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“A Princeton Student’s Letter to His Father” and the Election of 1912

With Father’s Day coming up this weekend and the United States in the midst of a particularly contentious election season, this seemed like perfect timing to highlight a 1912 pamphlet found in the Princeton University Publications Collection (AC364), “A Princeton Student’s Letter to His Father and His Father’s Reply” (Box 2).


In October 1912, “Jim” faced a dilemma, as he wrote to his father. He had just turned 21 (then the legal voting age) and would soon vote for the very first time. America’s national elections were especially divisive that year, with an unusual four-way race (which most viewed as a three-way race, given that the fourth candidate was gaining little traction). Princeton University’s former president and New Jersey’s then-governor, Democrat Woodrow Wilson (Class of 1879), was seeking the U.S. presidency. Republican Theodore Roosevelt hoped to be elected to a then-unprecedented third term, but his party declined to nominate him, instead choosing to re-nominate then-president William Howard Taft. Roosevelt, not willing to accept defeat, decided he would start his own political party, the Progressive “Bull Moose” Party, and ran as its candidate. Meanwhile, the Socialist Party offered their own nominee, Eugene V. Debs. “So I find myself at a loss to know what to do—how to vote on Election day. I wish to be true to my alma mater, but I wish also to be guided in voting by the highest and truest duties of citizenship. Won’t you please help me out?”


“Jim’s” father was willing to oblige. The 11 pages of his reply explain why a Princetonian need not vote for Wilson and why he thinks “Jim” should not vote for him, pointing out that Princeton’s then-current president, John Grier Hibben, “is a staunch Republican and an ardent supporter of President Taft.” Wilson, “Jim’s” father went on, had a tendency to go “beyond his executive prerogative” and to subordinate “the high duties of his office to his selfish political ambitions…”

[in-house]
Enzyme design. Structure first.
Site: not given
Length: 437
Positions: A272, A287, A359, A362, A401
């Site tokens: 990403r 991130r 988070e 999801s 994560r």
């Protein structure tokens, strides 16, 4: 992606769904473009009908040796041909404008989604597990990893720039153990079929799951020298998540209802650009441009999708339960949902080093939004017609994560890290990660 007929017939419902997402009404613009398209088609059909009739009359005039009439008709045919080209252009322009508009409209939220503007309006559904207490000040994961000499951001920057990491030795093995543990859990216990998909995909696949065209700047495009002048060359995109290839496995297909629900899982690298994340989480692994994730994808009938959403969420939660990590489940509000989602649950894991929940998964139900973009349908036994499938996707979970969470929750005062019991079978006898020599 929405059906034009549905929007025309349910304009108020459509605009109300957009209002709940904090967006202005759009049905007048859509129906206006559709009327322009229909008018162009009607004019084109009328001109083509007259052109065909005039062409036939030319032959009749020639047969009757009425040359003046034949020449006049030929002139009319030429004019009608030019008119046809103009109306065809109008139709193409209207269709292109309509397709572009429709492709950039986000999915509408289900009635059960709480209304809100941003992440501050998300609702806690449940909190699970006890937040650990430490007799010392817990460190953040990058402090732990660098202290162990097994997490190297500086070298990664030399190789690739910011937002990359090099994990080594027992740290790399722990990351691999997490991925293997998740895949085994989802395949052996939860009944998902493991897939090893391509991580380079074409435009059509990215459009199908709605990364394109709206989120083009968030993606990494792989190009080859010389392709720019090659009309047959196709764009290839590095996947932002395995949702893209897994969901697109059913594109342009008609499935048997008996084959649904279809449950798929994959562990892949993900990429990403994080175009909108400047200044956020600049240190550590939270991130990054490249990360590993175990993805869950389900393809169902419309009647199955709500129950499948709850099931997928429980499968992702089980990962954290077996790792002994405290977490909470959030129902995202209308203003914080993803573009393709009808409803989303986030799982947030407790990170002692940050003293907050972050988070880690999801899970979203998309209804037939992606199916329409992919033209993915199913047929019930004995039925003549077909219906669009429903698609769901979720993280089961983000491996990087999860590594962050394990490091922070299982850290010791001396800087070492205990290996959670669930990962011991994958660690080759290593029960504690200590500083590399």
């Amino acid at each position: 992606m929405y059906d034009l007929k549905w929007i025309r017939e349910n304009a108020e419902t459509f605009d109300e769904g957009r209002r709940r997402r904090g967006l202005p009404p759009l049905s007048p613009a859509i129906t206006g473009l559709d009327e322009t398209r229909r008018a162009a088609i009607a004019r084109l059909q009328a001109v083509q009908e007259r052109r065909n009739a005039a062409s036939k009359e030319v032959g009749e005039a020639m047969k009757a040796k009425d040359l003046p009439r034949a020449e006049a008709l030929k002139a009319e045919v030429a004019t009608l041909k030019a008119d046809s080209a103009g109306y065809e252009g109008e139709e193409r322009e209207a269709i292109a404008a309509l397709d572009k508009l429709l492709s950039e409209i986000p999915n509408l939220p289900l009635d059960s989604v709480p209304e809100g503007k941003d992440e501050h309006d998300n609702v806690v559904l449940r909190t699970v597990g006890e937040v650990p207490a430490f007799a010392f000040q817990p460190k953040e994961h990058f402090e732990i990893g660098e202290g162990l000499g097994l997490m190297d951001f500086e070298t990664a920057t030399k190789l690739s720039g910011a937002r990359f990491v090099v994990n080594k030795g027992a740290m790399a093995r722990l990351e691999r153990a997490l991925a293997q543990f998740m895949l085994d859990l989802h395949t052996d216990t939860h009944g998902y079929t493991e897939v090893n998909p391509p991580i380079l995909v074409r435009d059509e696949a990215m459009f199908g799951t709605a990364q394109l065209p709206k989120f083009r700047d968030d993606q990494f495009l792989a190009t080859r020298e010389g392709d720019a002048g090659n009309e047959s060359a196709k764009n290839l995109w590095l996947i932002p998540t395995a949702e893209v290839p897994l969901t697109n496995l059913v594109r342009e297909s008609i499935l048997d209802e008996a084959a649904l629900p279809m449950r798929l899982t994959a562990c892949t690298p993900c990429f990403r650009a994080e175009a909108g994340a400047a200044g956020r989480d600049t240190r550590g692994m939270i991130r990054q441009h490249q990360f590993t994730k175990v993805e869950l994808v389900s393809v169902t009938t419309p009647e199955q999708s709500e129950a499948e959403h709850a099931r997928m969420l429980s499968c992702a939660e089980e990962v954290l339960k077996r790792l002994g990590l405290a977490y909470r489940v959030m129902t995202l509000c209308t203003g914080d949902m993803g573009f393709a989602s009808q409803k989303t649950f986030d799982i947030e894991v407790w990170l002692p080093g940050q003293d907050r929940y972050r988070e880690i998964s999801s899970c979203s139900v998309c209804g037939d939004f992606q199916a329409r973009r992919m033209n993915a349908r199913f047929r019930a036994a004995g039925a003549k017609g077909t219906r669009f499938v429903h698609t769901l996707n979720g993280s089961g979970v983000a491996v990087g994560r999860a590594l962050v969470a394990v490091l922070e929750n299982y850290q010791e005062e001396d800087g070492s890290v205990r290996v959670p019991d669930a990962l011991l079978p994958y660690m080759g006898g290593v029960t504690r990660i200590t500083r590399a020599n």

The pamphlet then goes on to quote “Jim’s” father regarding Taft: “Don’t you admire Taft? I do. He is so fine and square and unassuming… There is nothing picturesque or spectacular about him, nothing sensational or theatrical, but he is the kind that wears and the kind that can be depended on in a crisis.” As for Roosevelt, “well I hardly know how to express myself about him. … The Republican party was good enough for Roosevelt up to the minute Taft was re-nominated at Chicago. Upon whom do his subsequent actions reflect discredit, the party or himself? There can be but one answer.”


Ultimately, Wilson won in 1912 with a huge electoral college majority despite only securing 42% of the popular vote (Roosevelt 27%, Taft 23%, Debs 6%). This pamphlet is a reminder that Wilson’s victory not only occurred in a deeply divided America, but his candidacy also caused significant divisions among Princetonians.



Daily Princetonian

Historical Photograph Collection, Campus Life Series (AC112)

Princeton University Publications Collection (AC364)


For further reading:

“‘In the Nation’s Service?’ Woodrow Wilson Revisited.” (2016)

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